World Medical Association demands Fair Retrial of Health Professionals
(12.10.2011) The state of Bahrain must prove to the watching world that the retrial of 20 physicians, nurses and other health professionals sentenced to prison last month follows fair process, the World Medical Association demanded today (Wednesday).
At its Council meeting in Montevideo, Uruguay, the WMA passed an emergency resolution saying that so far the trials had failed to meet international standards for fairness and that in treating patients without considering the circumstances of their injury these health care professionals were honouring their ethical duty as set out in the Declaration of Geneva.
The WMA, which represents almost 100 national medical associations, demanded in the strongest terms that all states understood, respected and honoured the concept of medical neutrality. This included providing working conditions which were as safe as possible, even under difficult circumstances, including armed conflict or civil unrest.
The Council welcomed the announcement by the government of Bahrain that the 20 health professionals, who had been sentenced to fifteen, ten or five years' imprisonment, would be re-tried before a civilian court.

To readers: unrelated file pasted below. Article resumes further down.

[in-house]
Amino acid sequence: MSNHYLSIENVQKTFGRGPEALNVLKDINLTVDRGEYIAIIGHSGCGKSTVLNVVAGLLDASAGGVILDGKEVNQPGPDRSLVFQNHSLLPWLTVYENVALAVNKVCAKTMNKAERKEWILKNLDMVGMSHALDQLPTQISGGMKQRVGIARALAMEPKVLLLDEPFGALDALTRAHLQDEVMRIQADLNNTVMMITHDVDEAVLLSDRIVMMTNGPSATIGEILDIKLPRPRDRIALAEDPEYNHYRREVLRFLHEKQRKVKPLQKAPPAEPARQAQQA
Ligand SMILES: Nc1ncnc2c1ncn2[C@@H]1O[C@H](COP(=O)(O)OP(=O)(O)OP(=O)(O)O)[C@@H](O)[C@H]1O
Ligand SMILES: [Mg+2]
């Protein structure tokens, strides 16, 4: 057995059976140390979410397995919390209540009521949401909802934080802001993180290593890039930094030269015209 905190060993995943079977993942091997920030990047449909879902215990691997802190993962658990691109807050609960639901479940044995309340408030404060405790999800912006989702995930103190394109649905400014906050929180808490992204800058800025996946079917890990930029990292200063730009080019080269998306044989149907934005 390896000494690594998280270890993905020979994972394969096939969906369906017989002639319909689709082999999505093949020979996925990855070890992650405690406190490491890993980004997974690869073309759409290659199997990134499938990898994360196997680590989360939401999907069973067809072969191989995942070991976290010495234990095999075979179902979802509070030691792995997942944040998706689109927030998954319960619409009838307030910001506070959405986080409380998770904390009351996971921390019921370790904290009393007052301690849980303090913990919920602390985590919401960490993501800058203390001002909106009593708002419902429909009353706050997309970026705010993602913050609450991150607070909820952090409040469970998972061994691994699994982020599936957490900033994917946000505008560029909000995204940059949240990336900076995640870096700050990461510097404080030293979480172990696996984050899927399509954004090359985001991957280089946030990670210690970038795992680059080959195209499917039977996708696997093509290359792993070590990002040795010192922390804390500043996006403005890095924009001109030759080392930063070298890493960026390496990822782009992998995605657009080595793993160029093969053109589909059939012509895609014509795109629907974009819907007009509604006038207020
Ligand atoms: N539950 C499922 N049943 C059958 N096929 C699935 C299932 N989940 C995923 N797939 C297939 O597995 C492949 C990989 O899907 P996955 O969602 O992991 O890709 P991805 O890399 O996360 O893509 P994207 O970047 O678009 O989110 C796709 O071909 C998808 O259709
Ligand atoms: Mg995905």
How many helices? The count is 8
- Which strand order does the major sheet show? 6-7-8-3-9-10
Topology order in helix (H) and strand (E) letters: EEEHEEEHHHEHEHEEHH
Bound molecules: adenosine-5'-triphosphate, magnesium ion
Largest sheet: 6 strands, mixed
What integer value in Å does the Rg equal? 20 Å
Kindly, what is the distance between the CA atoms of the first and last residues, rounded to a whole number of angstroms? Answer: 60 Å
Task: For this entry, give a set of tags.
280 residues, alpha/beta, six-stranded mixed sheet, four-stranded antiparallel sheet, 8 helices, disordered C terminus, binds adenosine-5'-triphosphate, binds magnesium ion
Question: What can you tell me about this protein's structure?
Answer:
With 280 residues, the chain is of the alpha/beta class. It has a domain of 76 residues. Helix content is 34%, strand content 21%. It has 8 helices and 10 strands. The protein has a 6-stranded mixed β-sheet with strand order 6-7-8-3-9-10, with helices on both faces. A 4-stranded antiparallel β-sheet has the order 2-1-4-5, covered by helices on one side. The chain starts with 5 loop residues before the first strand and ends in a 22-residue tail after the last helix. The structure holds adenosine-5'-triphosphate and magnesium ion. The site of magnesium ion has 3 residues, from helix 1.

In its emergency resolution, adopted on the first day of its four-day General Assembly, the WMA said that the trial had so far failed to meet international standards for fairness, including the accused not being allowed to make statements in their own defence, and their lawyers not being allowed to question all the witnesses. Allegations from the accused and their lawyers of mistreatment, abuse and other human rights violations during arrest and while in detention had not been investigated.
Dr. Mukesh Haikerwal, chair of the WMA, said: ‘It appears that these physicians and health professionals have been sentenced simply for treating all those patients who presented to them for care, including leaders and members of the rebellion.
‘I want to make it clear that the WMA requires that no doctor or other health care professional be arrested, accused or tried for treating patients, regardless of the origins of the patient's injury or illness.
‘The WMA expects that if any individual, including health care professionals, are put on trial that there is due process of law including during arrest, questioning and trial in accordance with the highest standards of international law.
‘We now want to see independent international assessors allowed to observe the trial and allowed to meet privately with the accused, so that the state of Bahrain can prove to the watching world that the future legal proceedings follow fair process.'
The resolution added: ‘The WMA recognises that health care workers and health care facilities are increasingly under attack during wars, conflicts and civil unrest. We demand that states throughout the world recognise, respect and honour principles of medical neutrality and their duty to protect health care institutions and facilities for humanitarian reasons.'